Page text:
Of course those of my readers who know the Christian literature will realize that this application to Jesus was made very early in the tradition. He has the NAME of YHWH, he is the FORM of YHWH, he is the IMAGE of YHWH, he is the GLORY of YHWH. He has not only been identified with the ANGEL YHWH, but also the KAVOD, identified with the seated figure in Ezekiel's vision and the YHWH of HOSTS seen by ISAIAH.
As I said in my last post on the subject, this is the key to understanding the development of early Christology. Once the identification was made between Jesus, the YHWH Angel, and the KAVOD, there was no turning back. The Christian Jews had begun to understand Jesus as equivalent with YHWH.
As far as worship, it appears that our earliest sources tell us that they were calling upon Jesus' NAME in intercessory ways, including healings. Now there is ample (and I mean ample) evidence in Jewish literature and magical objects from the period that show that there were Jews who were calling upon angels to intercede for them and to facilitate healings. The magical evidence from amulets and gems shows that the use of the angels' names were considered to be very powerful indeed.
Many scholars in the past have tried to explain away this evidence and to impose modern rabbinic and christian orthodoxy on the past in order to state that the Jews were not really venerating angels or practicising angel intercession because we all know they were monotheists. This is anachronistic and apologetic. The evidence both in the literature and the physical objects matches. The late second century rabbis generally disapproved and tried to stamp it out and write down their oral traditions in such a way that their ancestors would appear to be monotheists. But what the rabbis were doing was creating monotheism themselves, perhaps in response to the rise of Christianity from the Jewish sources, and I might add, the rise of Gnostic systems from these same sources which also relied upon the YHWH Angel and KAVOD traditions to develop the Demiurge.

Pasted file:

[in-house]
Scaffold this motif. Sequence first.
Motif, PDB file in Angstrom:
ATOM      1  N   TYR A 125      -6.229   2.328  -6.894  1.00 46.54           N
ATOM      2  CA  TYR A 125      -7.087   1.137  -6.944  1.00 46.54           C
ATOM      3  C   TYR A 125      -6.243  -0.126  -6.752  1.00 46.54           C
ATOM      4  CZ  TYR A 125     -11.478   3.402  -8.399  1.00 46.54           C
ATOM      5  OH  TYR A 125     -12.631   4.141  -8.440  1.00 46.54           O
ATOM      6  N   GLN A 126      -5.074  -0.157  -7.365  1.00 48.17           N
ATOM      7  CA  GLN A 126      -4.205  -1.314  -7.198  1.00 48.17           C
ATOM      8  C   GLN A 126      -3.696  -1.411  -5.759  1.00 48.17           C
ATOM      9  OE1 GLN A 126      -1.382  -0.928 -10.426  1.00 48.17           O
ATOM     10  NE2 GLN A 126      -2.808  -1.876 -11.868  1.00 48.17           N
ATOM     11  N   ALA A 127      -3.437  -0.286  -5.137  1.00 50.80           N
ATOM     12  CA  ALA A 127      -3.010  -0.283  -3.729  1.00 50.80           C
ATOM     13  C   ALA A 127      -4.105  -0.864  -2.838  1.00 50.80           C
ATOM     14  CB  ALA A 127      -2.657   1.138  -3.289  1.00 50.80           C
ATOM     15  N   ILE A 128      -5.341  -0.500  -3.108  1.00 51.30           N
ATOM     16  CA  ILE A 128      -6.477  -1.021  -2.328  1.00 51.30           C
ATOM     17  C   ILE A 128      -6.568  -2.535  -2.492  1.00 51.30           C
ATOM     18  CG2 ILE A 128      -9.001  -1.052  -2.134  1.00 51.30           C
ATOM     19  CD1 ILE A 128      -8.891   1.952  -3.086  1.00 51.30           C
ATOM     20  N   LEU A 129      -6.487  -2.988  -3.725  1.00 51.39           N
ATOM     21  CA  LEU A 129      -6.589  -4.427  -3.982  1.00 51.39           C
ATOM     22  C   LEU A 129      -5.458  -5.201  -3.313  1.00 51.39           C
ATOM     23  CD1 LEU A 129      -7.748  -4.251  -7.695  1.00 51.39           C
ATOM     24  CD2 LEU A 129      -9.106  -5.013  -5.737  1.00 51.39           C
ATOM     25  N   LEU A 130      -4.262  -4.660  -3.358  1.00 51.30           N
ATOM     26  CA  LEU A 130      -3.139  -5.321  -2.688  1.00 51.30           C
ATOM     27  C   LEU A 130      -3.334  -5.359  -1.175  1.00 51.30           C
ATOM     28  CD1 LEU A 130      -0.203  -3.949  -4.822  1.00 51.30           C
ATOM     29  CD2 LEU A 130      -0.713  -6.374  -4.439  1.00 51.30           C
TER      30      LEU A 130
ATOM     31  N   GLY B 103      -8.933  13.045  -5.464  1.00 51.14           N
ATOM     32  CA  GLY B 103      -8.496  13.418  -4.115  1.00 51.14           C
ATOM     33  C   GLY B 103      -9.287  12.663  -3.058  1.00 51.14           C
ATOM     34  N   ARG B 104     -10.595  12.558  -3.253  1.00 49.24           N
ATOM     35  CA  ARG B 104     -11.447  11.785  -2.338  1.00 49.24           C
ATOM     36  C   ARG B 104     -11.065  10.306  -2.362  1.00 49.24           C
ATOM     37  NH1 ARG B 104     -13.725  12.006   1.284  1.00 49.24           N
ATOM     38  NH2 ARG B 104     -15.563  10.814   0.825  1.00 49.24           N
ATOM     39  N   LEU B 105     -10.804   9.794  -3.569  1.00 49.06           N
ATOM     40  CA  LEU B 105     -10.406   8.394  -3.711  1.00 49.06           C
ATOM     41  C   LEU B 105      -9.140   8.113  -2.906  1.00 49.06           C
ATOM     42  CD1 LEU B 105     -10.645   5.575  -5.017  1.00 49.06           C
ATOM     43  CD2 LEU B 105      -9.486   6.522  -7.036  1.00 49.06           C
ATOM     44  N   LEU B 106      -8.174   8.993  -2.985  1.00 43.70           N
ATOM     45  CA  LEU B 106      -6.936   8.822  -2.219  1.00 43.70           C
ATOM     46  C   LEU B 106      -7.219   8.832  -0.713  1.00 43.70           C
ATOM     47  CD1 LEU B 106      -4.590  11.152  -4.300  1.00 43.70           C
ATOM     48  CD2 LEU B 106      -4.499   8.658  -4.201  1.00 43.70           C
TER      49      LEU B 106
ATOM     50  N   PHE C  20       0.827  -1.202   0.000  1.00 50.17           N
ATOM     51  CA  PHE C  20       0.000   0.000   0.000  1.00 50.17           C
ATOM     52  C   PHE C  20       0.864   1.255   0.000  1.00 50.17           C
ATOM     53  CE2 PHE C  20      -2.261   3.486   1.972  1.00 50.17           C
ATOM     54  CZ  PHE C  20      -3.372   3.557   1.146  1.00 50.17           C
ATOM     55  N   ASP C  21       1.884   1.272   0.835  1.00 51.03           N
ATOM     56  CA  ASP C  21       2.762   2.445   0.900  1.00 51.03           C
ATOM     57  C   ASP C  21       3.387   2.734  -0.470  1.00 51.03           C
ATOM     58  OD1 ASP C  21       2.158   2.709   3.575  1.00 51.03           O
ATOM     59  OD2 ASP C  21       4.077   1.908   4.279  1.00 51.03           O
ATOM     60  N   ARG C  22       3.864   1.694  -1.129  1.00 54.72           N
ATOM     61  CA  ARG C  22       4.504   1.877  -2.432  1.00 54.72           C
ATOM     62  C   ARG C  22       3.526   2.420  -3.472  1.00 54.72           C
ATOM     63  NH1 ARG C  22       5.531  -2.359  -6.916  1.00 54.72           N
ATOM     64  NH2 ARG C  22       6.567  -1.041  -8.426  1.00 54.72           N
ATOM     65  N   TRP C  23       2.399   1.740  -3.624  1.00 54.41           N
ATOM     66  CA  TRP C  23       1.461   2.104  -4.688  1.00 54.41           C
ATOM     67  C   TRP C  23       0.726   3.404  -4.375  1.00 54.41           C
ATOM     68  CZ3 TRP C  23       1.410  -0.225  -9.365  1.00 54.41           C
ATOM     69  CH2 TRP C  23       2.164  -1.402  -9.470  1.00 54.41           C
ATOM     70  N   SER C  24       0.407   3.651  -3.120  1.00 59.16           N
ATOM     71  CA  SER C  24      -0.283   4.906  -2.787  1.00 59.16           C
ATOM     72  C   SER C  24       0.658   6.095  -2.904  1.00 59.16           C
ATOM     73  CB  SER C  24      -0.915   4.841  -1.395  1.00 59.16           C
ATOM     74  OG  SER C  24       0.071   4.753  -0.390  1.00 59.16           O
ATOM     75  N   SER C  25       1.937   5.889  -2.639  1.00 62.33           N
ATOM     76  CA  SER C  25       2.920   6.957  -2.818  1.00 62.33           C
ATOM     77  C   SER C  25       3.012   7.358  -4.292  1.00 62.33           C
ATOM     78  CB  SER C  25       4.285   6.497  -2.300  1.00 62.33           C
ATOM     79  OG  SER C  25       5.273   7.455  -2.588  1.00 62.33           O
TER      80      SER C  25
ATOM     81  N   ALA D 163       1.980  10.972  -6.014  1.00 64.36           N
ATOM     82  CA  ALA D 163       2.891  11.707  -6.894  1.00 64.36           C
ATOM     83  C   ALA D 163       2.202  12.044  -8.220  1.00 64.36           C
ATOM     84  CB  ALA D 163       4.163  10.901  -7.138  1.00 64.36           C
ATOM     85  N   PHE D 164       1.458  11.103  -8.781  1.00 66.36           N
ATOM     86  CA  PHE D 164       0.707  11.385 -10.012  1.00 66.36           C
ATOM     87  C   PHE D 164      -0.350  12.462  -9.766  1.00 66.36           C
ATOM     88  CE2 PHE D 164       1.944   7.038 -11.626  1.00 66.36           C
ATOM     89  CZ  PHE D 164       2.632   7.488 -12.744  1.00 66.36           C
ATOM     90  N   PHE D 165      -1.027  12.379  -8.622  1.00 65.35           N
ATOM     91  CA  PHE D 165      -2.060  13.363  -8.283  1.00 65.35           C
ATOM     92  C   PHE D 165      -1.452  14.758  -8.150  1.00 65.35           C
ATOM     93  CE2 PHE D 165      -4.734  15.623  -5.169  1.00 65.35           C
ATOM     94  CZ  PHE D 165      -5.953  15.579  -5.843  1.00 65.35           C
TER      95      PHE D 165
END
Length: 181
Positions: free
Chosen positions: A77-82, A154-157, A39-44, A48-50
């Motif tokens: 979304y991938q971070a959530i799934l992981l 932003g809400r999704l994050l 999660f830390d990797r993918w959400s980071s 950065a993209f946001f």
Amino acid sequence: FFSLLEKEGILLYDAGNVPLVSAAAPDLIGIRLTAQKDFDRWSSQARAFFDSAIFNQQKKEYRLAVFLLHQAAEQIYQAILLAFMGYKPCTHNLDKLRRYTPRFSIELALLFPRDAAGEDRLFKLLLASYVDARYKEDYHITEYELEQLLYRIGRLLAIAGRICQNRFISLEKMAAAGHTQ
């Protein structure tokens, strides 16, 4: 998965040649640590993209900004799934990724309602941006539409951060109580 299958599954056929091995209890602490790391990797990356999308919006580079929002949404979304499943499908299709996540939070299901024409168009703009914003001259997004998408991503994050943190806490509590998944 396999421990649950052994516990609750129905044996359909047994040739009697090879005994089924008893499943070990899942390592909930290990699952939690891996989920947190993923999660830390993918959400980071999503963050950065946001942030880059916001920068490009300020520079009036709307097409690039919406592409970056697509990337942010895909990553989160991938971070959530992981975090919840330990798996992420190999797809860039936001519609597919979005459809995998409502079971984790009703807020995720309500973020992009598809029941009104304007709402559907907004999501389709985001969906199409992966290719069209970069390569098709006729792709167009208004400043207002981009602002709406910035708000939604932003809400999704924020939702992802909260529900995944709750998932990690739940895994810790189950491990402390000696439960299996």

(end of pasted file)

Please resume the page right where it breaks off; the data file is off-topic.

In my opinion, the academic discussion is usually backwards. The discussion should not be how monotheistic Jews could or couldn't have worshiped Jesus.
The discussion should be along these lines: what must Judaism have looked like at the time of Jesus to allow his Jewish followers to conceive of him as YHWH and begin praying to him and using his NAME for intercession?
The impulse to divinize Jesus was an impulse within Judaism, and the later Rabbis knew this and reworked the traditions to try to shut it down and create a post-temple Judaism, which was a revival of the type of Judaism embraced by the group of post-exilic priests who put together the pentateuch and tried to rewrite their old polytheistic ancestral traditions along monotheistic lines. It didn't work in post-exilic Judaism mainly because the YHWH Angel and KAVOD traditions survived, allowing for exegetical interpretations to develop in which GOD remains hidden while he operates through his manifestation, his equivalent enthroned in heaven.